Six New Year's resolutions marketers should make in 2017

  • Voices
  • January 19, 2017
  • Dean Taylor
Six New Year's resolutions marketers should make in 2017

Having a Christmas break is great; it gives you perspective and clarity. Like many people, I spent time with my kids enjoying how they see the world and sharing a rather splendid campervan with them (note to self: this is a once-a-year activity with toddlers).

Getting out beyond the corporate bubble and workaday banter really gives you the ability to see the idiocy of it all. So I wanted to get this article out before those thoughts had faded and I returned to the Orwellian marketing machine that we seem to think is okay.

When you chat to people at the beach, the pub or a café, no one talks about fancy pants brand terminology. They certainly don’t care about the $100k packaging redesign that took a year and was intellectualised so much, the New York Times had to be called to witness its greatness.

Listening and chatting to a diverse range of people should give us the best ideas and insights. After all, we are simply trying to persuade people to buy our products and remain loyal through an interesting and mutually rewarding chat. So why do we make it so complicated and hard?

Here are six common sense marketing resolutions for 2017, in no particular order.

1. Stop speaking like a marketer

This is the quickest way to alienate the very audience you are trying to persuade. Yes we know the product is ‘super good’ and has fascinating ‘product attributes’.  But guess what, the people who really care about these facts are not the punters. And while we love to throw around jargon and wanky buzzwords, who are these even for? There seems to be a formality to most copy that would not be lost at the Queen’s garden party. Now, I am not saying you should go all ‘Donald Trump rally speak,’ but there has to be a way of letting go so that you can have a conversational tone that people relate to.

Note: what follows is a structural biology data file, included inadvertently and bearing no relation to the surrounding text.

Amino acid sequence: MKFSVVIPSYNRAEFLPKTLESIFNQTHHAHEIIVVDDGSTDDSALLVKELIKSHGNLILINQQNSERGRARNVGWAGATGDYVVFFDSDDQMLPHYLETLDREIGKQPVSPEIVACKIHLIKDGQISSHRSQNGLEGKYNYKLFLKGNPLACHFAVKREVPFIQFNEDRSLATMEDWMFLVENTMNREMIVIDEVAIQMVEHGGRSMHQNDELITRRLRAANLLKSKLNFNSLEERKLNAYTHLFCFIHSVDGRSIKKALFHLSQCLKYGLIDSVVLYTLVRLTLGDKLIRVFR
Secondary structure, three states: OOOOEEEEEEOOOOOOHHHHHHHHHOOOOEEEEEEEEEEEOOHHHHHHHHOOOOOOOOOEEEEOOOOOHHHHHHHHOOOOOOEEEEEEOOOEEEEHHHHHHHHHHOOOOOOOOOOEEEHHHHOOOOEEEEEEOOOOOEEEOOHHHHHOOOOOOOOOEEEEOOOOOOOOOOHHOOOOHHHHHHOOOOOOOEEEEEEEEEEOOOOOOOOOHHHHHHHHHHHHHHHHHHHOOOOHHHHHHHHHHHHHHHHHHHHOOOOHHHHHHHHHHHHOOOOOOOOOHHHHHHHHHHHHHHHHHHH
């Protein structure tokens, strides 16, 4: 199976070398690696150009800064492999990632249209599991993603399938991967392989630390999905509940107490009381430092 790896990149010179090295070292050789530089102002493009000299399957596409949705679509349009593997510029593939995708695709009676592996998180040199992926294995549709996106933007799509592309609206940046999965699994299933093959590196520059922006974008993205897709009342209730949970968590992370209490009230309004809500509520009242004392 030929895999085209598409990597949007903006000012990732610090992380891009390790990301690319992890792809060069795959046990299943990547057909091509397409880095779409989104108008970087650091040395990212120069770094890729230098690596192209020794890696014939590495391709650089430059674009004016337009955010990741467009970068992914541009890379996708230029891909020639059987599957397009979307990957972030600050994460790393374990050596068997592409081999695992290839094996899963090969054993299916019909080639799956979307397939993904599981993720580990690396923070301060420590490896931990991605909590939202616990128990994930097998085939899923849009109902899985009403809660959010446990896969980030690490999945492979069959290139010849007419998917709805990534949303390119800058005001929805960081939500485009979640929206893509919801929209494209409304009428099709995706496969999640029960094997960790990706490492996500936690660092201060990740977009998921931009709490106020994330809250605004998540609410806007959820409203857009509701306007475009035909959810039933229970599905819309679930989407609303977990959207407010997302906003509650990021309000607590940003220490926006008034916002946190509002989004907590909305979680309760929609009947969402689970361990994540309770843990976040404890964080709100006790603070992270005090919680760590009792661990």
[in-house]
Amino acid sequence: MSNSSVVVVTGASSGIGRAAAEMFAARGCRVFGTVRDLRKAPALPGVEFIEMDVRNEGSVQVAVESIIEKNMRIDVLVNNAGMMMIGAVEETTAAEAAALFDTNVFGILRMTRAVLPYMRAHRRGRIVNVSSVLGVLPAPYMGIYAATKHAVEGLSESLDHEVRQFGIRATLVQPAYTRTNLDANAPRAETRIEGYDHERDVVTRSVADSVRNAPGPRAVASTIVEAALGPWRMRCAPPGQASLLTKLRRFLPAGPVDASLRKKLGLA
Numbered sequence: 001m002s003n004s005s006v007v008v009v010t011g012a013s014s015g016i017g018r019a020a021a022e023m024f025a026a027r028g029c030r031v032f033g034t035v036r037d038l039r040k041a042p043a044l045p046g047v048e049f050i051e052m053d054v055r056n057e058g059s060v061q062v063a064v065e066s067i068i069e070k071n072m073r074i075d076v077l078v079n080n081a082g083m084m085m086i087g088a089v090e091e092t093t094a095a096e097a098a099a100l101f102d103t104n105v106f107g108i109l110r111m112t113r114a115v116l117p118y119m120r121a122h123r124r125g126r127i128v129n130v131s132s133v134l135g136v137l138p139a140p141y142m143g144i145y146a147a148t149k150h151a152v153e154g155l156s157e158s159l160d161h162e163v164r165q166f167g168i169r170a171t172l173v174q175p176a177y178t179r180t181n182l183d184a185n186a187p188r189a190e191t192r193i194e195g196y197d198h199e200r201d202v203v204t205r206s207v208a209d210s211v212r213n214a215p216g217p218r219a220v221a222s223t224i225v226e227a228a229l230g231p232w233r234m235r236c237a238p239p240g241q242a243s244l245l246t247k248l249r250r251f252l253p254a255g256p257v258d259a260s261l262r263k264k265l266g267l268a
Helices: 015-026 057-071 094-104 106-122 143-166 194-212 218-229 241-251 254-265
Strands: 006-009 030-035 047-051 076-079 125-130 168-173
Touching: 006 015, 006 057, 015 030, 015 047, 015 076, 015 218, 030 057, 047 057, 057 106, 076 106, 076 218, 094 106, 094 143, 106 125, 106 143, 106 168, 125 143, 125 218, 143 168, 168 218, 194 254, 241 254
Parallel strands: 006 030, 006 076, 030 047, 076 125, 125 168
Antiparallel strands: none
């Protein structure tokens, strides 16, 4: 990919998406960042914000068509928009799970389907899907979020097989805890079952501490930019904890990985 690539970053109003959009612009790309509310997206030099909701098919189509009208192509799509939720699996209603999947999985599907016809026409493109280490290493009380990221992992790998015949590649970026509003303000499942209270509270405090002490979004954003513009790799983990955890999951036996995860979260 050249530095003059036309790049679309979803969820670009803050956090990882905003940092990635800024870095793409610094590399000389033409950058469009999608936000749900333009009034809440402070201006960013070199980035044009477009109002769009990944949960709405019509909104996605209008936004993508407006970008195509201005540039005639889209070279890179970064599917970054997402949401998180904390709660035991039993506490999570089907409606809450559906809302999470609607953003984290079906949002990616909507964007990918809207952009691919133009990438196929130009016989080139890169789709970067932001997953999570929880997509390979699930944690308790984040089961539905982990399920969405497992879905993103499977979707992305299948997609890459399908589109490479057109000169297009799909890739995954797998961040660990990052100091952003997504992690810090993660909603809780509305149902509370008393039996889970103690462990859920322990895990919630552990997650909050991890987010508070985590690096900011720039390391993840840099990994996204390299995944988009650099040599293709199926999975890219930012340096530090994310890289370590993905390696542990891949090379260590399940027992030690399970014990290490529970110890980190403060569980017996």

Don’t underestimate the influence of millennial culture here, and remember the upper levels of these guys are now hitting 35 so the media conversation and tone resides with them, not One News.

2. Embrace your role as an entertainer

What gift are you bringing to this marketing deal? You want them to buy from you, so what are you giving in exchange? Let’s be honest, if your plan is to interrupt their favourite show or take over their favourite webpage, it’s not off to a good start. You must entertain. This immediately says you are bringing something to the party and therefore you are worth listening to and worth liking, loving even. Put serious thought into your story and how it will appeal. It may be that you are funny, moving, full of hope or even interactive. Don’t just start selling. Tease your viewers, give them some foreplay. Respect your audience and they will respect you back, which will help the longevity of your campaigns.

3. Remember, what you are selling is not what people are buying?

So, you might be selling insurance, finance, personal loans or this year’s latest chocolate biscuit. Do you really think people are buying these? We care about our families and ourselves. When we buy things that will emotionally make these two things better it will make us feel happier and more fulfilled (not just with choccy biccies). People want more time with their kids, less worry, being a better mum and being a better dad (I am always striving for this one). So spend some decent thinking time to ask the question: 'what are people really buying from you?' The answers might surprise you.

4. Keep your messaging succinct

People do not want to study every facet of what you have to offer to get to the point. Say one thing and say it well in a compelling story. Dead simple.

5. Keep in mind that talking a lot on social doesn’t automatically make you interesting

Ever been at a party when someone simply drones on and talks about nothing? Now, check your social strategy and see if you are ‘that guy’ or ‘that girl’. Nobody likes it. Do less better, make a great video, use the medium well, think through your responses and, above all, have something relevant to say to the environment you are in.

6. Spend less time on the road

Over the last few years, marketers have spent so much time bouncing from specialist to specialist to specialist, each of which are peddling some new variation of digital snake oil. We don't live in the early stages of digital any longer. The industry has wisened up and you can now get what you need in one place, be it media, creative or digital expertise. You don't have to be a travelling salesperson if you don't want to. 

I wish you all a hugely prosperous and compelling 2017 with your customers.

  • Dean Taylor is the managing director at Contagion.  

This is a community discussion forum. Comment is free but please respect our rules:

  1. Don’t be abusive or use sweary type words
  2. Don’t break the law: libel, slander and defamatory comments are forbidden
  3. Don’t resort to name-calling, mean-spiritedness, or slagging off
  4. Don’t pretend to be someone else.

If we find you doing these things, your comments will be edited without recourse and you may be asked to go away and reconsider your actions.